Tuesday, February 15, 2011

Far from the Tree?

A majority of my Saturday was spent in the new baby nursery, painting the walls apple green. My dad came up and pitched in, which allowed us to spend a majority of the weekend slinging green paint around together. I was grateful for the help and the chance to spend some time together. He’s always been the show-up-at-every-sporting-event-and-spelling-bee kind of dad. But we’re both busy and live in different states, so days like last Saturday are rare.

On top of the two coats of paint, our time together taught me two things. Well, three if you count making sure you double check that the electricity is turned off before you replace an outlet. But that’s a given, right? Who doesn’t do that? Seriously. Anyway… that’s neither here nor there. Let me get back to the issues at hand.

First of all, I’ll just admit it before the entire worldwide web. I, Eric Epperson, am slowly turning into my father. It’s true. There’s no use fighting it. There’s no chance of denying it. I did the research. I have accepted it. The similarities are there. Same vocal pauses. We sit on the couch the same way. Same annoying attention to details that don't matter. Those familiar facial expressions I used to mock as a kid, I’m getting pretty good at them… without even trying.

There could be worse things to become, I guess. I could slowly be morphing into a jerk. Or an insurance auditor. Which I bet people actually do just slowly turn into. You don’t set out to be an auditor. You just wake up one day, and realize “Crap. I’m an insurance auditor. When did that happen?”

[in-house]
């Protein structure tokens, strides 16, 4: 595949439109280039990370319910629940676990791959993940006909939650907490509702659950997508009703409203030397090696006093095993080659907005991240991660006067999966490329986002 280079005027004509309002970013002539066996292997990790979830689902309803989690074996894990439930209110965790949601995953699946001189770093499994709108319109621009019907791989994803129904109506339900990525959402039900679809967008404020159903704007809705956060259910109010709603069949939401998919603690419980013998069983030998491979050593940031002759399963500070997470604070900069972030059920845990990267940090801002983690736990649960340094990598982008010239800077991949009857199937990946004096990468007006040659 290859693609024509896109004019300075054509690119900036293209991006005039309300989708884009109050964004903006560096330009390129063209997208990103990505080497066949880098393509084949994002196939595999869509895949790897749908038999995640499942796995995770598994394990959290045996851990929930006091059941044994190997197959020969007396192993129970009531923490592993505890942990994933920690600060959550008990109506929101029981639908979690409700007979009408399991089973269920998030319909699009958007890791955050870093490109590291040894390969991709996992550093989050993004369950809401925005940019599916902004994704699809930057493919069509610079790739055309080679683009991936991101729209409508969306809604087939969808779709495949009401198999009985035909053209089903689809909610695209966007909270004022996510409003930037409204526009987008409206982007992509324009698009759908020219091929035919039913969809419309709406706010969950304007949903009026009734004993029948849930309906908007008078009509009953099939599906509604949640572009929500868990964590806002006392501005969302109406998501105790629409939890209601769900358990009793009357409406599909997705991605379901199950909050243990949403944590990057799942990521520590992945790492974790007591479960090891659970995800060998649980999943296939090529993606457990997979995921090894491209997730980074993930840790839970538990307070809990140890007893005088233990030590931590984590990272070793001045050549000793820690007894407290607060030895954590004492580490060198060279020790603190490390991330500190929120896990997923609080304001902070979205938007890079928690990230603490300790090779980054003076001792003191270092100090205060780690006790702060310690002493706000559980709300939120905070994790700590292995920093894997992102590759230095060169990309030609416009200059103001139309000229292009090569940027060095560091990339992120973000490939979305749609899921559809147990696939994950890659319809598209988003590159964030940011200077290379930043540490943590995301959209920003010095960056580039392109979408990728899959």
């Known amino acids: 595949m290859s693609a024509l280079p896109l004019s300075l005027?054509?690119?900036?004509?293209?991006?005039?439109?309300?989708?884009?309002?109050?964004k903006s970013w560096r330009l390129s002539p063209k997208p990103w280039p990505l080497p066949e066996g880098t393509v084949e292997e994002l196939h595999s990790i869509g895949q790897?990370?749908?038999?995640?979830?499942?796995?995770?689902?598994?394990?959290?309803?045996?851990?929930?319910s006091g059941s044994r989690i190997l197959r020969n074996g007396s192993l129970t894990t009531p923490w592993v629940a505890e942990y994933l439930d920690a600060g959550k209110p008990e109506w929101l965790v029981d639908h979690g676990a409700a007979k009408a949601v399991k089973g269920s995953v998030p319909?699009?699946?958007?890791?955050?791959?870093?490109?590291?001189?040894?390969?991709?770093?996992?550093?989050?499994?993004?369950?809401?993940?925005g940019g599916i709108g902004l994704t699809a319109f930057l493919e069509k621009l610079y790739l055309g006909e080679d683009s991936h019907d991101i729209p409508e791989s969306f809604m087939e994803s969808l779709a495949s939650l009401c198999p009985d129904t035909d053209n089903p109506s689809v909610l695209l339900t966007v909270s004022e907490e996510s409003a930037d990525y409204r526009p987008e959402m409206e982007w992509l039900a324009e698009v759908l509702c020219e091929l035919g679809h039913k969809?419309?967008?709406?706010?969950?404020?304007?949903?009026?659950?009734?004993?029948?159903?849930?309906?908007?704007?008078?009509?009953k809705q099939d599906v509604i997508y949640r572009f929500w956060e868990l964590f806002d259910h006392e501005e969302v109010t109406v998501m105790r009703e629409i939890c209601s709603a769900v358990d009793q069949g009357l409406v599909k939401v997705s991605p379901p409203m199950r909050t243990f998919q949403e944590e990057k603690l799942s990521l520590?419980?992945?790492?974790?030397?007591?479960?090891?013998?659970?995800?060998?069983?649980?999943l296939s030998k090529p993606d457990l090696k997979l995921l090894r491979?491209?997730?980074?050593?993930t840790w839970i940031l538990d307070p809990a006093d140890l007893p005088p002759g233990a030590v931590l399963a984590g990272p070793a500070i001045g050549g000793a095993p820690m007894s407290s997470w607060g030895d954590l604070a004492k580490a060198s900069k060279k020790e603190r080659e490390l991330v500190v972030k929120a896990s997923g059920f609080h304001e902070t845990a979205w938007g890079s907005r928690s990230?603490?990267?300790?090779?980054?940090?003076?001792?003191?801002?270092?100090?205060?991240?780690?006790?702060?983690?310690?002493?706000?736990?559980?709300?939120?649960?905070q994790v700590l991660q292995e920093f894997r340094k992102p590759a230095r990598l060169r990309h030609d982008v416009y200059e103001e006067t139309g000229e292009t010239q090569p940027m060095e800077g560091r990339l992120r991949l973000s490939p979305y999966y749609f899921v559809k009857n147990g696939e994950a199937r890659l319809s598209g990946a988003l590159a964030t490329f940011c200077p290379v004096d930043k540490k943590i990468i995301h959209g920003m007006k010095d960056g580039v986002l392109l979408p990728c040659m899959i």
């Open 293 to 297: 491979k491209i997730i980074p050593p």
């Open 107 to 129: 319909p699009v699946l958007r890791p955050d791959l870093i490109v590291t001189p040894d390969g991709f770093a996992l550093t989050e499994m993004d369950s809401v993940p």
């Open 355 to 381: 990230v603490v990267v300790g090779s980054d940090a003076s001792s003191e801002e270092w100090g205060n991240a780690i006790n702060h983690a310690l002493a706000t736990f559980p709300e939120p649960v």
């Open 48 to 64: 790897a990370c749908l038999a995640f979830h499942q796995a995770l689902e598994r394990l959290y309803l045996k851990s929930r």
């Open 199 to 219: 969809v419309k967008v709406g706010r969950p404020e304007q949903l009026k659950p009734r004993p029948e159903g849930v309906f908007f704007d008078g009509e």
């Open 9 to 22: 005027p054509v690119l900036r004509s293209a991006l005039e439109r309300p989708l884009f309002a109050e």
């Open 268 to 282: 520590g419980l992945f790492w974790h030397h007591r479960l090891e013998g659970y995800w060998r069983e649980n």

Regardless, back to my dad. He really is a solid man. Pretty wise. Pretty smart. He has a sweet hook shot. So yeah, I’m being completely honest when I tell you that I’d be honored if you were to compare us.

But that’s not how the game is supposed to be played. These types of comparisons typically rub young guys the wrong way. I’m supposed to struggle through this; push against the idea of becoming my father. It’s all part of becoming my own man.

Not me though. Not at all. I’m totally cool with it. Why am I so secure in my acceptance? It's found in lesson number two. Just one little conversation brought the comparison game back to reality. As similar as we’re becoming, even if our gait is oddly identical, it’s obvious that we still think completely different. And here's what I mean:

Dad: When do you think Torrie will have the baby?

Eric: I don’t know. Can you really know? It's not like it's a science or anything.

Dad: But sometime around (April) 14th?

Eric: Yeah, maybe so. They talked about pushing the due date back to the 19th. Any day works, just not 20th.

Dad: Why not the 20th?

Eric: It’s Hitler’s birthday.

Dad: Well that shouldn’t matter. Who knows that?

Eric: I do.

Dad: Okay… but being born on a certain day doesn’t determine your destiny.

Eric: Yeah, maybe she could redeem the day.

Dad: Right.

Eric: Ehh, but it’s also the Columbine shooting anniversary. The 20th is out. She’ll just have to hold it.

Dad: It’s just a date. It doesn’t mean anything.

Eric: I guess. But did you know that Hitler’s sons made a pact not to have children so that the bloodline would end?

Dad: Seriously?

Eric: Seriously.

Dad: That’s stupid. Just because your parent was a nut doesn’t mean that you will be.


Eric: That’s a relief.

1 comment:

rlee said...

i laugh out loud sometimes after reading your posts, eric. i love them. you're such a funny guy. and the last comment. need you look any further than torrie and her mother?????